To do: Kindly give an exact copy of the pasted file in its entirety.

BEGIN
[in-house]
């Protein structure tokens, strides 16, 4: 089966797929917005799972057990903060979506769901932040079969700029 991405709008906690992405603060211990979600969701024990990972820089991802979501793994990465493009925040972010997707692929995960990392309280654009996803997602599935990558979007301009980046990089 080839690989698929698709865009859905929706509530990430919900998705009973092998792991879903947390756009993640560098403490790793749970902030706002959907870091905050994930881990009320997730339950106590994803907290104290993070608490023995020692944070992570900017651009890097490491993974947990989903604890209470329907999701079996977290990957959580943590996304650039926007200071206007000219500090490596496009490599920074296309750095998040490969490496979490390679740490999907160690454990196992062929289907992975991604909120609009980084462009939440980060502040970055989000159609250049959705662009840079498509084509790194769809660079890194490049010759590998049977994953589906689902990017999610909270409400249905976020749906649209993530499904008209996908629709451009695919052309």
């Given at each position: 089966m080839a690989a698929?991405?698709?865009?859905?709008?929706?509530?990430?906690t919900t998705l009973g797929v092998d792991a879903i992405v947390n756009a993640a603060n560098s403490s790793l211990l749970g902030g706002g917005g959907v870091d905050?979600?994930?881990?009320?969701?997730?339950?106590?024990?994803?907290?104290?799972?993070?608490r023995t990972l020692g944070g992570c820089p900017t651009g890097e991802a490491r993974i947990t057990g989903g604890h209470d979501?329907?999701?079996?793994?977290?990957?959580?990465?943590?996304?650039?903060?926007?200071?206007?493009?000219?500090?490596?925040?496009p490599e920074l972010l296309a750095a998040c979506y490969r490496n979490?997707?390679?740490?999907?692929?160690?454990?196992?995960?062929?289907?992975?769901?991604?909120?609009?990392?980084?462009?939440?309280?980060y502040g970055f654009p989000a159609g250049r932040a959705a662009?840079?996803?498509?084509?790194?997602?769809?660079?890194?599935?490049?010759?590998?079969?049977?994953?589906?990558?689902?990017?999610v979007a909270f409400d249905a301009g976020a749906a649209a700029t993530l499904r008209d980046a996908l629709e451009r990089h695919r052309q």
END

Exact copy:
[in-house]
């Protein structure tokens, strides 16, 4: 089966797929917005799972057990903060979506769901932040079969700029 991405709008906690992405603060211990979600969701024990990972820089991802979501793994990465493009925040972010997707692929995960990392309280654009996803997602599935990558979007301009980046990089 080839690989698929698709865009859905929706509530990430919900998705009973092998792991879903947390756009993640560098403490790793749970902030706002959907870091905050994930881990009320997730339950106590994803907290104290993070608490023995020692944070992570900017651009890097490491993974947990989903604890209470329907999701079996977290990957959580943590996304650039926007200071206007000219500090490596496009490599920074296309750095998040490969490496979490390679740490999907160690454990196992062929289907992975991604909120609009980084462009939440980060502040970055989000159609250049959705662009840079498509084509790194769809660079890194490049010759590998049977994953589906689902990017999610909270409400249905976020749906649209993530499904008209996908629709451009695919052309």
């Given at each position: 089966m080839a690989a698929?991405?698709?865009?859905?709008?929706?509530?990430?906690t919900t998705l009973g797929v092998d792991a879903i992405v947390n756009a993640a603060n560098s403490s790793l211990l749970g902030g706002g917005g959907v870091d905050?979600?994930?881990?009320?969701?997730?339950?106590?024990?994803?907290?104290?799972?993070?608490r023995t990972l020692g944070g992570c820089p900017t651009g890097e991802a490491r993974i947990t057990g989903g604890h209470d979501?329907?999701?079996?793994?977290?990957?959580?990465?943590?996304?650039?903060?926007?200071?206007?493009?000219?500090?490596?925040?496009p490599e920074l972010l296309a750095a998040c979506y490969r490496n979490?997707?390679?740490?999907?692929?160690?454990?196992?995960?062929?289907?992975?769901?991604?909120?609009?990392?980084?462009?939440?309280?980060y502040g970055f654009p989000a159609g250049r932040a959705a662009?840079?996803?498509?084509?790194?997602?769809?660079?890194?599935?490049?010759?590998?079969?049977?994953?589906?990558?689902?990017?999610v979007a909270f409400d249905a301009g976020a749906a649209a700029t993530l499904r008209d980046a996908l629709e451009r990089h695919r052309q």